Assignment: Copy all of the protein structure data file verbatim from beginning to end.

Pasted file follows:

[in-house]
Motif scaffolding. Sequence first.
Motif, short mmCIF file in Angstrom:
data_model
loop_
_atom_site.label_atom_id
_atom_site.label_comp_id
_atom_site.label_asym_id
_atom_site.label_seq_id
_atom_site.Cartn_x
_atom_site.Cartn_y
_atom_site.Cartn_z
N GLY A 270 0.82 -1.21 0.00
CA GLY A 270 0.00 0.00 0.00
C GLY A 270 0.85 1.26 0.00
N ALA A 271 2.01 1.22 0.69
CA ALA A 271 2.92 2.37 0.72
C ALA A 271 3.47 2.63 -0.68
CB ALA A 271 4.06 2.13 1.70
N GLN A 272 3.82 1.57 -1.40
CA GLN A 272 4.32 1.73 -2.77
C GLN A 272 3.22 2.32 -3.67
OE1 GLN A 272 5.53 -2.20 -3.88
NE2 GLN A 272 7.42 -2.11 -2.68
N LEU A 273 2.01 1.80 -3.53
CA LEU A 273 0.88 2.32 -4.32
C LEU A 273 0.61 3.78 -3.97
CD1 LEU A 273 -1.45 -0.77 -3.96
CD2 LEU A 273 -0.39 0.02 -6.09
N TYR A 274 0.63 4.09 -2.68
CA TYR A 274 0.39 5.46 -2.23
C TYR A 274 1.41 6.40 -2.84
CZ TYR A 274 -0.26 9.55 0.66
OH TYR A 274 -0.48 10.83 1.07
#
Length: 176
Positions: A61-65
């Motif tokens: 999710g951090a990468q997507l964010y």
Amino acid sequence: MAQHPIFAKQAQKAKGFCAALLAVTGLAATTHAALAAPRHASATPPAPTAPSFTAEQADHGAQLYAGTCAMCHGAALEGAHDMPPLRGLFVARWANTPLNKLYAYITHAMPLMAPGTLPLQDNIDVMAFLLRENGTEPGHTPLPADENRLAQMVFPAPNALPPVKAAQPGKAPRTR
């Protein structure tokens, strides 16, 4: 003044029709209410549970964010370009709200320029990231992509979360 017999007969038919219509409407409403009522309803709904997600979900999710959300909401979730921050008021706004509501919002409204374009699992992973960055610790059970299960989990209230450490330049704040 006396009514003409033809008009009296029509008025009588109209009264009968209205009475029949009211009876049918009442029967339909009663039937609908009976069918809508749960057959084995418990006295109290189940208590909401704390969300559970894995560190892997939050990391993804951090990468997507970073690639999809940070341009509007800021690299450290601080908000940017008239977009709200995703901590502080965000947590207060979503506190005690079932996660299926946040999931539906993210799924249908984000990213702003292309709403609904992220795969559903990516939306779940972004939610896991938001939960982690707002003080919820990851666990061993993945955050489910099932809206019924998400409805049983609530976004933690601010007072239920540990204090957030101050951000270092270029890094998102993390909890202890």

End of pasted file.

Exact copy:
[in-house]
Motif scaffolding. Sequence first.
Motif, short mmCIF file in Angstrom:
data_model
loop_
_atom_site.label_atom_id
_atom_site.label_comp_id
_atom_site.label_asym_id
_atom_site.label_seq_id
_atom_site.Cartn_x
_atom_site.Cartn_y
_atom_site.Cartn_z
N GLY A 270 0.82 -1.21 0.00
CA GLY A 270 0.00 0.00 0.00
C GLY A 270 0.85 1.26 0.00
N ALA A 271 2.01 1.22 0.69
CA ALA A 271 2.92 2.37 0.72
C ALA A 271 3.47 2.63 -0.68
CB ALA A 271 4.06 2.13 1.70
N GLN A 272 3.82 1.57 -1.40
CA GLN A 272 4.32 1.73 -2.77
C GLN A 272 3.22 2.32 -3.67
OE1 GLN A 272 5.53 -2.20 -3.88
NE2 GLN A 272 7.42 -2.11 -2.68
N LEU A 273 2.01 1.80 -3.53
CA LEU A 273 0.88 2.32 -4.32
C LEU A 273 0.61 3.78 -3.97
CD1 LEU A 273 -1.45 -0.77 -3.96
CD2 LEU A 273 -0.39 0.02 -6.09
N TYR A 274 0.63 4.09 -2.68
CA TYR A 274 0.39 5.46 -2.23
C TYR A 274 1.41 6.40 -2.84
CZ TYR A 274 -0.26 9.55 0.66
OH TYR A 274 -0.48 10.83 1.07
#
Length: 176
Positions: A61-65
């Motif tokens: 999710g951090a990468q997507l964010y």
Amino acid sequence: MAQHPIFAKQAQKAKGFCAALLAVTGLAATTHAALAAPRHASATPPAPTAPSFTAEQADHGAQLYAGTCAMCHGAALEGAHDMPPLRGLFVARWANTPLNKLYAYITHAMPLMAPGTLPLQDNIDVMAFLLRENGTEPGHTPLPADENRLAQMVFPAPNALPPVKAAQPGKAPRTR
């Protein structure tokens, strides 16, 4: 003044029709209410549970964010370009709200320029990231992509979360 017999007969038919219509409407409403009522309803709904997600979900999710959300909401979730921050008021706004509501919002409204374009699992992973960055610790059970299960989990209230450490330049704040 006396009514003409033809008009009296029509008025009588109209009264009968209205009475029949009211009876049918009442029967339909009663039937609908009976069918809508749960057959084995418990006295109290189940208590909401704390969300559970894995560190892997939050990391993804951090990468997507970073690639999809940070341009509007800021690299450290601080908000940017008239977009709200995703901590502080965000947590207060979503506190005690079932996660299926946040999931539906993210799924249908984000990213702003292309709403609904992220795969559903990516939306779940972004939610896991938001939960982690707002003080919820990851666990061993993945955050489910099932809206019924998400409805049983609530976004933690601010007072239920540990204090957030101050951000270092270029890094998102993390909890202890």